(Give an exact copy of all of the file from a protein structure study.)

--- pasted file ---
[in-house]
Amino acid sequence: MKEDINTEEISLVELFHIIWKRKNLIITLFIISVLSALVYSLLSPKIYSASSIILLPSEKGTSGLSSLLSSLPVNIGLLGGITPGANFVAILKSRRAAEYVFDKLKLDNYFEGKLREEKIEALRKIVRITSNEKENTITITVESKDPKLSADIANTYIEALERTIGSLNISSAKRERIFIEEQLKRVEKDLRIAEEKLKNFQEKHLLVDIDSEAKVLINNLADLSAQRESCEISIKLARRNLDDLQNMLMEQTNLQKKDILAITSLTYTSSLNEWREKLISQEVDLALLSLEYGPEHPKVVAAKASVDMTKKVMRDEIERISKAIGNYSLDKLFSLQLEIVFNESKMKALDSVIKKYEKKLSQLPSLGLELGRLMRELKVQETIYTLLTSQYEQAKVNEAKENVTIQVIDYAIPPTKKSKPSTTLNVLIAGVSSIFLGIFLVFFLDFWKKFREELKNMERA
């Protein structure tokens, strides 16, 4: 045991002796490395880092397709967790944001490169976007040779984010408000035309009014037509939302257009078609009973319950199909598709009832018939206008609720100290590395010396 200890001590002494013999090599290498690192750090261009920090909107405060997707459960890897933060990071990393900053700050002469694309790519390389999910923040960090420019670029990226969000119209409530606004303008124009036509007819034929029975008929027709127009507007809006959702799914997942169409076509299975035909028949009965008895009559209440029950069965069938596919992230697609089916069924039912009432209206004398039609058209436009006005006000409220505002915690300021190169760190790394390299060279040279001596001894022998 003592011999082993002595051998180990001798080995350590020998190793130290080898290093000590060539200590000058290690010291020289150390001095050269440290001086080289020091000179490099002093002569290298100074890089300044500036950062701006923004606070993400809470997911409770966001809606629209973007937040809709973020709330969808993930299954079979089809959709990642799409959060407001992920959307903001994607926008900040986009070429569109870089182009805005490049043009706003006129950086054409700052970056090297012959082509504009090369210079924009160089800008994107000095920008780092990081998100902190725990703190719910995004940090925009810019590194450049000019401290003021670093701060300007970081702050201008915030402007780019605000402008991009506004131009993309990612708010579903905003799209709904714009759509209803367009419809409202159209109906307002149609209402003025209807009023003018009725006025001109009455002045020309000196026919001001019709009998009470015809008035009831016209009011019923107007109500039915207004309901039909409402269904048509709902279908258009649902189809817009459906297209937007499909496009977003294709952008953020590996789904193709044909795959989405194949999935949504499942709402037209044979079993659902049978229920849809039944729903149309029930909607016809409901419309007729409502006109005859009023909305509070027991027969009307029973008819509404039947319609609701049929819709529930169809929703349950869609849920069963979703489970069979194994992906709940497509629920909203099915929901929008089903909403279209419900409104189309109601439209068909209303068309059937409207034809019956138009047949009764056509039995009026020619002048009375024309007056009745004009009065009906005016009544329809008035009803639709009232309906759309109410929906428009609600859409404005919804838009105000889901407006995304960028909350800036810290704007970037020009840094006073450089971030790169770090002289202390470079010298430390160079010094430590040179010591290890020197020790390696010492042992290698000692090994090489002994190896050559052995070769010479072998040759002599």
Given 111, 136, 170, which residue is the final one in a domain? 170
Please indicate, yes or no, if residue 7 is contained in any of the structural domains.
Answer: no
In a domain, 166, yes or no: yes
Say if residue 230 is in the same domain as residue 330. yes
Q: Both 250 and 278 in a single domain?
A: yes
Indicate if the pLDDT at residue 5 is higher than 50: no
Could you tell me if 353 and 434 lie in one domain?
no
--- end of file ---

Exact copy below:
[in-house]
Amino acid sequence: MKEDINTEEISLVELFHIIWKRKNLIITLFIISVLSALVYSLLSPKIYSASSIILLPSEKGTSGLSSLLSSLPVNIGLLGGITPGANFVAILKSRRAAEYVFDKLKLDNYFEGKLREEKIEALRKIVRITSNEKENTITITVESKDPKLSADIANTYIEALERTIGSLNISSAKRERIFIEEQLKRVEKDLRIAEEKLKNFQEKHLLVDIDSEAKVLINNLADLSAQRESCEISIKLARRNLDDLQNMLMEQTNLQKKDILAITSLTYTSSLNEWREKLISQEVDLALLSLEYGPEHPKVVAAKASVDMTKKVMRDEIERISKAIGNYSLDKLFSLQLEIVFNESKMKALDSVIKKYEKKLSQLPSLGLELGRLMRELKVQETIYTLLTSQYEQAKVNEAKENVTIQVIDYAIPPTKKSKPSTTLNVLIAGVSSIFLGIFLVFFLDFWKKFREELKNMERA
């Protein structure tokens, strides 16, 4: 045991002796490395880092397709967790944001490169976007040779984010408000035309009014037509939302257009078609009973319950199909598709009832018939206008609720100290590395010396 200890001590002494013999090599290498690192750090261009920090909107405060997707459960890897933060990071990393900053700050002469694309790519390389999910923040960090420019670029990226969000119209409530606004303008124009036509007819034929029975008929027709127009507007809006959702799914997942169409076509299975035909028949009965008895009559209440029950069965069938596919992230697609089916069924039912009432209206004398039609058209436009006005006000409220505002915690300021190169760190790394390299060279040279001596001894022998 003592011999082993002595051998180990001798080995350590020998190793130290080898290093000590060539200590000058290690010291020289150390001095050269440290001086080289020091000179490099002093002569290298100074890089300044500036950062701006923004606070993400809470997911409770966001809606629209973007937040809709973020709330969808993930299954079979089809959709990642799409959060407001992920959307903001994607926008900040986009070429569109870089182009805005490049043009706003006129950086054409700052970056090297012959082509504009090369210079924009160089800008994107000095920008780092990081998100902190725990703190719910995004940090925009810019590194450049000019401290003021670093701060300007970081702050201008915030402007780019605000402008991009506004131009993309990612708010579903905003799209709904714009759509209803367009419809409202159209109906307002149609209402003025209807009023003018009725006025001109009455002045020309000196026919001001019709009998009470015809008035009831016209009011019923107007109500039915207004309901039909409402269904048509709902279908258009649902189809817009459906297209937007499909496009977003294709952008953020590996789904193709044909795959989405194949999935949504499942709402037209044979079993659902049978229920849809039944729903149309029930909607016809409901419309007729409502006109005859009023909305509070027991027969009307029973008819509404039947319609609701049929819709529930169809929703349950869609849920069963979703489970069979194994992906709940497509629920909203099915929901929008089903909403279209419900409104189309109601439209068909209303068309059937409207034809019956138009047949009764056509039995009026020619002048009375024309007056009745004009009065009906005016009544329809008035009803639709009232309906759309109410929906428009609600859409404005919804838009105000889901407006995304960028909350800036810290704007970037020009840094006073450089971030790169770090002289202390470079010298430390160079010094430590040179010591290890020197020790390696010492042992290698000692090994090489002994190896050559052995070769010479072998040759002599």
Given 111, 136, 170, which residue is the final one in a domain? 170
Please indicate, yes or no, if residue 7 is contained in any of the structural domains.
Answer: no
In a domain, 166, yes or no: yes
Say if residue 230 is in the same domain as residue 330. yes
Q: Both 250 and 278 in a single domain?
A: yes
Indicate if the pLDDT at residue 5 is higher than 50: no
Could you tell me if 353 and 434 lie in one domain?
no